Boomkat Product Review:
Focken deadly debut album of definitive Jersey Club juice from DJ Jayhood, the King of the scene’s second wave, which itself evolved from the ruffneck B-More sound. Pure, uncut party gear...
“DJ Jayhood is one of the most important producers from the second generation of Jersey Club.
A regional form of dance music that evolved from Baltimore Club after artists like DJ Tameil started putting their own twists on B-more drum breaks and kick patterns, Jersey Club is one of the most influential and imitated dance styles in the world today. Dance music powerhouses (Diplo, Skrillex, Cashmere Cat) and underground taste-makers (Sinjin Hawke, Her Records) alike have been openly inspired by its raw, sample-driven sound and the dance moves that accompany the songs (such as the recent Running Man Challenge) regularly take on lives of their own.
Although he’s not received the same international DJ bookings as a club producer as some of his peers, DJ Jayhood is one of the most respected and popular Jersey artists in and outside of the state. His remixes of dance classics like ‘Show Me Love’ and ‘Heartbroken’ have racked up millions of plays online, while original productions like ‘Hands on Ya Hips’, ‘Jersey Anthem' and ‘Patty Cake’ are considered all-time Jersey dance classics. He’s also built a successful sideline as a rapper and hip-hop/r&b producer through his production work for Sharaya J and Missy Elliott, and coined his own sub-genre of Jersey Club called Booty Bounce Music (or BBM).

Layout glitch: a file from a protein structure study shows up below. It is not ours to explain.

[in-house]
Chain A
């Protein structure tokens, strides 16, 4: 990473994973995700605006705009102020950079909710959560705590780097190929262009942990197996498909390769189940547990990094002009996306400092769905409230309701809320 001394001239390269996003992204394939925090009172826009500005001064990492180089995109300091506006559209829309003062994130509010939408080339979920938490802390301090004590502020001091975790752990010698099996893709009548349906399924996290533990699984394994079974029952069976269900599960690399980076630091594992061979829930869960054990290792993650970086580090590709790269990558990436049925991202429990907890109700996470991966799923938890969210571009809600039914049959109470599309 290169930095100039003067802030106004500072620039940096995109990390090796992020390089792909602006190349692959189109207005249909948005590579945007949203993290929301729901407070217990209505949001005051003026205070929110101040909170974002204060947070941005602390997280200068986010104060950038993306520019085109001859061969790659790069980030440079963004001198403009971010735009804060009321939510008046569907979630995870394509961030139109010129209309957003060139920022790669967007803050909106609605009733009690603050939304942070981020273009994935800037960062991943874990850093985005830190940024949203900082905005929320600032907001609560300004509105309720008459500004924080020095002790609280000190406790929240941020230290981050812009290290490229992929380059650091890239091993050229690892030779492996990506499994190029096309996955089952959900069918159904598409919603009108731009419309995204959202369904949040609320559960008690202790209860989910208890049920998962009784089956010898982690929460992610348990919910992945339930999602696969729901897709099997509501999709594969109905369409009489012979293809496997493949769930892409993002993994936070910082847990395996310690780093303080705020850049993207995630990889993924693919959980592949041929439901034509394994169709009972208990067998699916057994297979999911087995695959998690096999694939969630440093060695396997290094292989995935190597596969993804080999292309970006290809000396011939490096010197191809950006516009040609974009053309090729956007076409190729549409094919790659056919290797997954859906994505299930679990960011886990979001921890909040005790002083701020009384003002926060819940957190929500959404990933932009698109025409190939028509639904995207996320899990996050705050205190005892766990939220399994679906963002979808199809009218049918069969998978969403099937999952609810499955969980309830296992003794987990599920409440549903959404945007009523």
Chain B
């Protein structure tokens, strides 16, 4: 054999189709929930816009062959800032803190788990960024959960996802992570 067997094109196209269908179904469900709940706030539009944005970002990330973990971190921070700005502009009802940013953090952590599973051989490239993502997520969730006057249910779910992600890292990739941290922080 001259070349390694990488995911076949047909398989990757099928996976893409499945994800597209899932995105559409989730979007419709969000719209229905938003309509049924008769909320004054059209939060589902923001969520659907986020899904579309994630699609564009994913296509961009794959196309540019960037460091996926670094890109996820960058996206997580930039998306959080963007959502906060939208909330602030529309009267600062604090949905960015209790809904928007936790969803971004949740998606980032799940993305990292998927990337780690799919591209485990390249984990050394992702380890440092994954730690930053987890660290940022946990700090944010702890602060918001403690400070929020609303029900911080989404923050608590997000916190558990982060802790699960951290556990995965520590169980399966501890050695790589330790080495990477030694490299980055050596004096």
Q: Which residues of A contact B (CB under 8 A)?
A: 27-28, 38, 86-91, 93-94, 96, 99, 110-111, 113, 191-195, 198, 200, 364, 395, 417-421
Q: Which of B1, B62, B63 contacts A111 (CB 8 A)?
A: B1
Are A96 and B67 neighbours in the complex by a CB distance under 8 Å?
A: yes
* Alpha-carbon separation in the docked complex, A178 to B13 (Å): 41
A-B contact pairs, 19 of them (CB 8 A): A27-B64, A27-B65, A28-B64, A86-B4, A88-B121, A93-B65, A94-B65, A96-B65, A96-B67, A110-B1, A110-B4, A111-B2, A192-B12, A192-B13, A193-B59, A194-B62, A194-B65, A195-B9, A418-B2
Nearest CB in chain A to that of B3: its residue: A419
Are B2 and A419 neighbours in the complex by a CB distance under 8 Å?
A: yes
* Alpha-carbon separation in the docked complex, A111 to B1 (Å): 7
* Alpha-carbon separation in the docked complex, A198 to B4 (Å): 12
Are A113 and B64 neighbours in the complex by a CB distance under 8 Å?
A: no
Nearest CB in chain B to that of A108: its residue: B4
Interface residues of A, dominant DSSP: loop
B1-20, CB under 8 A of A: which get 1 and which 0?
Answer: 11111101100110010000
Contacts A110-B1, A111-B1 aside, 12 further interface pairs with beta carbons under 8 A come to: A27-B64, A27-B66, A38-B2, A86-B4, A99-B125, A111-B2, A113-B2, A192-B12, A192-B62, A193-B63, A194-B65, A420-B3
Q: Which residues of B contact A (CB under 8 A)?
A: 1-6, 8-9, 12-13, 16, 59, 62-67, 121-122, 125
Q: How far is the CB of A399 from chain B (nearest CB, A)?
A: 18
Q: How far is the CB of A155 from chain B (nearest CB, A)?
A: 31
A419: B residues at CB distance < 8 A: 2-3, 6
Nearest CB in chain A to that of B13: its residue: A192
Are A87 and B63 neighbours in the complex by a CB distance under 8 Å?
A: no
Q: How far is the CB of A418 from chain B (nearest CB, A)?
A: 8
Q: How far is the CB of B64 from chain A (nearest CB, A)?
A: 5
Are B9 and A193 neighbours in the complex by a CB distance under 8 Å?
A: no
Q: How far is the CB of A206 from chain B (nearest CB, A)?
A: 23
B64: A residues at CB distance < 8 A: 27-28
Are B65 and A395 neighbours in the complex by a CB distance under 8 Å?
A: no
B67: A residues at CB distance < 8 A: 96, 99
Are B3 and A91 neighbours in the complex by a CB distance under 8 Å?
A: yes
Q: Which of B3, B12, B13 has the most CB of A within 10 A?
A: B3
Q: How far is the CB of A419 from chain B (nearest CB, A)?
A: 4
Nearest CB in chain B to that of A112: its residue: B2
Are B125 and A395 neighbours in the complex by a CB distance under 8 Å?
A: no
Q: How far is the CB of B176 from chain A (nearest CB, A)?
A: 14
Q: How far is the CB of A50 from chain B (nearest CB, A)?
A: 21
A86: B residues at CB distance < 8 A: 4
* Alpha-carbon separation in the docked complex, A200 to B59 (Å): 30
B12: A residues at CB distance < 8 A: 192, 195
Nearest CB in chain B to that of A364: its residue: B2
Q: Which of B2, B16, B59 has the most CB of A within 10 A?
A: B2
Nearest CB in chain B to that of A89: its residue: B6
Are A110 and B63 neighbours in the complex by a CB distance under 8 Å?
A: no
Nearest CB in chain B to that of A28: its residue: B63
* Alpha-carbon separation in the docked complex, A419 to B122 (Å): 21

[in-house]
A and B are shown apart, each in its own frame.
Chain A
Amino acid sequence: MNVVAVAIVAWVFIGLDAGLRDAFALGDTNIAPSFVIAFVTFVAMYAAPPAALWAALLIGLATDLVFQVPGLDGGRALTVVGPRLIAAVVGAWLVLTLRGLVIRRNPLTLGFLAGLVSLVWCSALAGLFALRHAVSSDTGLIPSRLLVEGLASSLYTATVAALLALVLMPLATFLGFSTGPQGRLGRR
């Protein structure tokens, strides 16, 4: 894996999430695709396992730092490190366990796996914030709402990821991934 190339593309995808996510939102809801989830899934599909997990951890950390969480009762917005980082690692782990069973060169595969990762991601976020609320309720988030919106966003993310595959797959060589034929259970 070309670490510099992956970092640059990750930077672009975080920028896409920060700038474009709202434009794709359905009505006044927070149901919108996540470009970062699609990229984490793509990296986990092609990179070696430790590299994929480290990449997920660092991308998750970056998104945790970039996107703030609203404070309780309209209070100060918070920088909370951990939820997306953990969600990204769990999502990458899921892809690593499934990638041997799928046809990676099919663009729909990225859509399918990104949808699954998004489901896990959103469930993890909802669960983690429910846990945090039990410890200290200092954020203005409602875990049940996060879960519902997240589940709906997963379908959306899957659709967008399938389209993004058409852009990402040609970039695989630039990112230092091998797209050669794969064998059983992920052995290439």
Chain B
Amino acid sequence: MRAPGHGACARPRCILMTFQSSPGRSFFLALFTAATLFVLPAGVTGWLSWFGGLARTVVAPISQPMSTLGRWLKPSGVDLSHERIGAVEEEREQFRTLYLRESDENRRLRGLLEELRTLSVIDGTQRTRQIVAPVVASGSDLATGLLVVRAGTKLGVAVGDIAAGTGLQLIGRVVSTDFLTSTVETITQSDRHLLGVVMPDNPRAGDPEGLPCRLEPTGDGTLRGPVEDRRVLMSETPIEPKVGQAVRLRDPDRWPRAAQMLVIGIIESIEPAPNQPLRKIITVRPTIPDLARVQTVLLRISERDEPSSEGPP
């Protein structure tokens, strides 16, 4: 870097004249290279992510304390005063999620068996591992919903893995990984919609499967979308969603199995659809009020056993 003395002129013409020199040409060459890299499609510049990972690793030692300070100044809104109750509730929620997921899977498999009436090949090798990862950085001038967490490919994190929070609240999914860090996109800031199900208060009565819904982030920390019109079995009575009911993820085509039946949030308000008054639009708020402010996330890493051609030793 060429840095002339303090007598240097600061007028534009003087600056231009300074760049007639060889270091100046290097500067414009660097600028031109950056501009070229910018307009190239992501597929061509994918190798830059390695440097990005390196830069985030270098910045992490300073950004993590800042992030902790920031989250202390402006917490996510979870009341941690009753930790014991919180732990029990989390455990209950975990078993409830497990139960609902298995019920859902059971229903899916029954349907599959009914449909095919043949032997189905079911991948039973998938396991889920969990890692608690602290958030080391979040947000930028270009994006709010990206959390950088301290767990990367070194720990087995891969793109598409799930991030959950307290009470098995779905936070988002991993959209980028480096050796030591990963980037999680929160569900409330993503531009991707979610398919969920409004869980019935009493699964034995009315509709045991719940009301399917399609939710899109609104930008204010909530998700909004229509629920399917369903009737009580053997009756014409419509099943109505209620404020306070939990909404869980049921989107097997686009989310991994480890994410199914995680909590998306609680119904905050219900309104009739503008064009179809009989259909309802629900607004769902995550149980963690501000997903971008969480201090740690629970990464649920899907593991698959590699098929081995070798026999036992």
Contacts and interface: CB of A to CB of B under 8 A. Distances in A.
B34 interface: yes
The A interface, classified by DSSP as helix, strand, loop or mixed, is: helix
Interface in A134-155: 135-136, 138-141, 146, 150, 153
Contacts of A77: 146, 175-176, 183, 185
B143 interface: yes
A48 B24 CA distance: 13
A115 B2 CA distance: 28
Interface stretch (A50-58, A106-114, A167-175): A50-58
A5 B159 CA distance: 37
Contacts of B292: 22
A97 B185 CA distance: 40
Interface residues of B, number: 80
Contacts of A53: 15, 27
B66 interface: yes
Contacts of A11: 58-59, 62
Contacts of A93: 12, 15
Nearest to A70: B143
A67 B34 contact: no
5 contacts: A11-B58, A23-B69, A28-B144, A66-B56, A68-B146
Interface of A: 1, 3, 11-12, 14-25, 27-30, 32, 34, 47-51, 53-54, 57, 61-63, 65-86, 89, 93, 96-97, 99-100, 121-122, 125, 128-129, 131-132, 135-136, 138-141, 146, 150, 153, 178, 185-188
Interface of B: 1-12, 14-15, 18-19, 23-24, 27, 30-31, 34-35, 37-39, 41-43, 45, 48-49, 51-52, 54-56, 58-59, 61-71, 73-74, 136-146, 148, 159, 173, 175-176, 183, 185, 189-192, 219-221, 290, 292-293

On King, Local Action collects Jayhood’s greatest hits - many of which already have legendary status on Soundcloud and YouTube, but have never been officially released before - with a handful of unreleased tracks from his ridiculous archive of demos. Amazingly, it’s one of the first ever albums from one of Jersey Club’s key players, and although to understand the real context of the music it’s important to trawl YouTube for the dance contests and home-made videos that are so key to Jersey Club, the raw power of these tracks stands up in its own right.”